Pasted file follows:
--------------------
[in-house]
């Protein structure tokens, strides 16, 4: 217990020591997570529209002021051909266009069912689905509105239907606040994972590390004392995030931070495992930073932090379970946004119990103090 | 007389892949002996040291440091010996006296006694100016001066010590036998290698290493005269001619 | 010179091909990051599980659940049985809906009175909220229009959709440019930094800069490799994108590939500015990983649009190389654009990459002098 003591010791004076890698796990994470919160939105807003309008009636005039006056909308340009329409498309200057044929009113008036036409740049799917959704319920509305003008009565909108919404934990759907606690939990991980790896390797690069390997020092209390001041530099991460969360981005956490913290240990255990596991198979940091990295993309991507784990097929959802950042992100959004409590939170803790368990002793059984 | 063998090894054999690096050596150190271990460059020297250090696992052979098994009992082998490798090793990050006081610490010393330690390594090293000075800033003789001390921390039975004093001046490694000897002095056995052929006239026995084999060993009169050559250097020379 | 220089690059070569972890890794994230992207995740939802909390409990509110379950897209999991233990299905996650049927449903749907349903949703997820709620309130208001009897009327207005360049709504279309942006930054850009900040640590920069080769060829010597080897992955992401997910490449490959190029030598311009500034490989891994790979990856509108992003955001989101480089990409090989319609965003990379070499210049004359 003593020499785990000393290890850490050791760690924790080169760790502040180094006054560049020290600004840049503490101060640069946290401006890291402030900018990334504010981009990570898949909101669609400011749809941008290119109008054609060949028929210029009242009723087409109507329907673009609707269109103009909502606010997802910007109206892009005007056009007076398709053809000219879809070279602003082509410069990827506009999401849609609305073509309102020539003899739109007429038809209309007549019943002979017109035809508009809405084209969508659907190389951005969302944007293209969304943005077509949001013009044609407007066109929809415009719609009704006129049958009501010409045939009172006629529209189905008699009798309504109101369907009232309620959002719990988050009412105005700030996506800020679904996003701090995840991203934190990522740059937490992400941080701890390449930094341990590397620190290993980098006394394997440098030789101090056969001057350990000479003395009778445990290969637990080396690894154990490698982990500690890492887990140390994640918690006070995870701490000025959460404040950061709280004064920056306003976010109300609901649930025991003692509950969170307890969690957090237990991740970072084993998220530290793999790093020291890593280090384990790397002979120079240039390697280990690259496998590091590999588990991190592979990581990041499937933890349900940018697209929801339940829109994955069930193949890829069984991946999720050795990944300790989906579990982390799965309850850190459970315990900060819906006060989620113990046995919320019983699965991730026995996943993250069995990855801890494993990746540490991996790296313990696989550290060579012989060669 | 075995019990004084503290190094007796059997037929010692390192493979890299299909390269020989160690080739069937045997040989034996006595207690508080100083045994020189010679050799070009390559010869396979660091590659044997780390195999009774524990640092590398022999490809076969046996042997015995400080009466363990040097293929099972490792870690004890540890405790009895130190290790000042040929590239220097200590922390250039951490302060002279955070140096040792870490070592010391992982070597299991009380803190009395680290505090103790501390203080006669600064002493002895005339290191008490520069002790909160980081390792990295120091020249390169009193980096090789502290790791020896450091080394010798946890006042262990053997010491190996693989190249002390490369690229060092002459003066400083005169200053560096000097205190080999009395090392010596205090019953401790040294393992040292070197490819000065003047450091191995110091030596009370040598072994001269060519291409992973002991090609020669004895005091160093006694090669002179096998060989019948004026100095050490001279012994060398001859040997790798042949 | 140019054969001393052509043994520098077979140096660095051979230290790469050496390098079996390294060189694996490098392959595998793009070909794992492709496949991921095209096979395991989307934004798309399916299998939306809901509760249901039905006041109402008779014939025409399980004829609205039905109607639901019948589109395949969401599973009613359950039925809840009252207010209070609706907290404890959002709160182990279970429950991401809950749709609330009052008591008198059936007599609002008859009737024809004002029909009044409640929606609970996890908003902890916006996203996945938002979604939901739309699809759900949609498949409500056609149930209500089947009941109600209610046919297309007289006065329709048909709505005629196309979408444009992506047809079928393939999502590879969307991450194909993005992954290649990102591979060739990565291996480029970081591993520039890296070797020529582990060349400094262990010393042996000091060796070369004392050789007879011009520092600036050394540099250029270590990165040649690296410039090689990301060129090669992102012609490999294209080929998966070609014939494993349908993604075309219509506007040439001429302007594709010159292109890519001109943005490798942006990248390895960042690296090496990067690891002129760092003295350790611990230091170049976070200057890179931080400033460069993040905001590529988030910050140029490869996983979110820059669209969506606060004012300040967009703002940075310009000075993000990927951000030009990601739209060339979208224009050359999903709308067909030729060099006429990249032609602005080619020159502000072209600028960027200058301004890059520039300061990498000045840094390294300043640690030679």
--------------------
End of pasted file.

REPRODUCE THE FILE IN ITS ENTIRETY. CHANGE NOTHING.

[in-house]
């Protein structure tokens, strides 16, 4: 217990020591997570529209002021051909266009069912689905509105239907606040994972590390004392995030931070495992930073932090379970946004119990103090 | 007389892949002996040291440091010996006296006694100016001066010590036998290698290493005269001619 | 010179091909990051599980659940049985809906009175909220229009959709440019930094800069490799994108590939500015990983649009190389654009990459002098 003591010791004076890698796990994470919160939105807003309008009636005039006056909308340009329409498309200057044929009113008036036409740049799917959704319920509305003008009565909108919404934990759907606690939990991980790896390797690069390997020092209390001041530099991460969360981005956490913290240990255990596991198979940091990295993309991507784990097929959802950042992100959004409590939170803790368990002793059984 | 063998090894054999690096050596150190271990460059020297250090696992052979098994009992082998490798090793990050006081610490010393330690390594090293000075800033003789001390921390039975004093001046490694000897002095056995052929006239026995084999060993009169050559250097020379 | 220089690059070569972890890794994230992207995740939802909390409990509110379950897209999991233990299905996650049927449903749907349903949703997820709620309130208001009897009327207005360049709504279309942006930054850009900040640590920069080769060829010597080897992955992401997910490449490959190029030598311009500034490989891994790979990856509108992003955001989101480089990409090989319609965003990379070499210049004359 003593020499785990000393290890850490050791760690924790080169760790502040180094006054560049020290600004840049503490101060640069946290401006890291402030900018990334504010981009990570898949909101669609400011749809941008290119109008054609060949028929210029009242009723087409109507329907673009609707269109103009909502606010997802910007109206892009005007056009007076398709053809000219879809070279602003082509410069990827506009999401849609609305073509309102020539003899739109007429038809209309007549019943002979017109035809508009809405084209969508659907190389951005969302944007293209969304943005077509949001013009044609407007066109929809415009719609009704006129049958009501010409045939009172006629529209189905008699009798309504109101369907009232309620959002719990988050009412105005700030996506800020679904996003701090995840991203934190990522740059937490992400941080701890390449930094341990590397620190290993980098006394394997440098030789101090056969001057350990000479003395009778445990290969637990080396690894154990490698982990500690890492887990140390994640918690006070995870701490000025959460404040950061709280004064920056306003976010109300609901649930025991003692509950969170307890969690957090237990991740970072084993998220530290793999790093020291890593280090384990790397002979120079240039390697280990690259496998590091590999588990991190592979990581990041499937933890349900940018697209929801339940829109994955069930193949890829069984991946999720050795990944300790989906579990982390799965309850850190459970315990900060819906006060989620113990046995919320019983699965991730026995996943993250069995990855801890494993990746540490991996790296313990696989550290060579012989060669 | 075995019990004084503290190094007796059997037929010692390192493979890299299909390269020989160690080739069937045997040989034996006595207690508080100083045994020189010679050799070009390559010869396979660091590659044997780390195999009774524990640092590398022999490809076969046996042997015995400080009466363990040097293929099972490792870690004890540890405790009895130190290790000042040929590239220097200590922390250039951490302060002279955070140096040792870490070592010391992982070597299991009380803190009395680290505090103790501390203080006669600064002493002895005339290191008490520069002790909160980081390792990295120091020249390169009193980096090789502290790791020896450091080394010798946890006042262990053997010491190996693989190249002390490369690229060092002459003066400083005169200053560096000097205190080999009395090392010596205090019953401790040294393992040292070197490819000065003047450091191995110091030596009370040598072994001269060519291409992973002991090609020669004895005091160093006694090669002179096998060989019948004026100095050490001279012994060398001859040997790798042949 | 140019054969001393052509043994520098077979140096660095051979230290790469050496390098079996390294060189694996490098392959595998793009070909794992492709496949991921095209096979395991989307934004798309399916299998939306809901509760249901039905006041109402008779014939025409399980004829609205039905109607639901019948589109395949969401599973009613359950039925809840009252207010209070609706907290404890959002709160182990279970429950991401809950749709609330009052008591008198059936007599609002008859009737024809004002029909009044409640929606609970996890908003902890916006996203996945938002979604939901739309699809759900949609498949409500056609149930209500089947009941109600209610046919297309007289006065329709048909709505005629196309979408444009992506047809079928393939999502590879969307991450194909993005992954290649990102591979060739990565291996480029970081591993520039890296070797020529582990060349400094262990010393042996000091060796070369004392050789007879011009520092600036050394540099250029270590990165040649690296410039090689990301060129090669992102012609490999294209080929998966070609014939494993349908993604075309219509506007040439001429302007594709010159292109890519001109943005490798942006990248390895960042690296090496990067690891002129760092003295350790611990230091170049976070200057890179931080400033460069993040905001590529988030910050140029490869996983979110820059669209969506606060004012300040967009703002940075310009000075993000990927951000030009990601739209060339979208224009050359999903709308067909030729060099006429990249032609602005080619020159502000072209600028960027200058301004890059520039300061990498000045840094390294300043640690030679």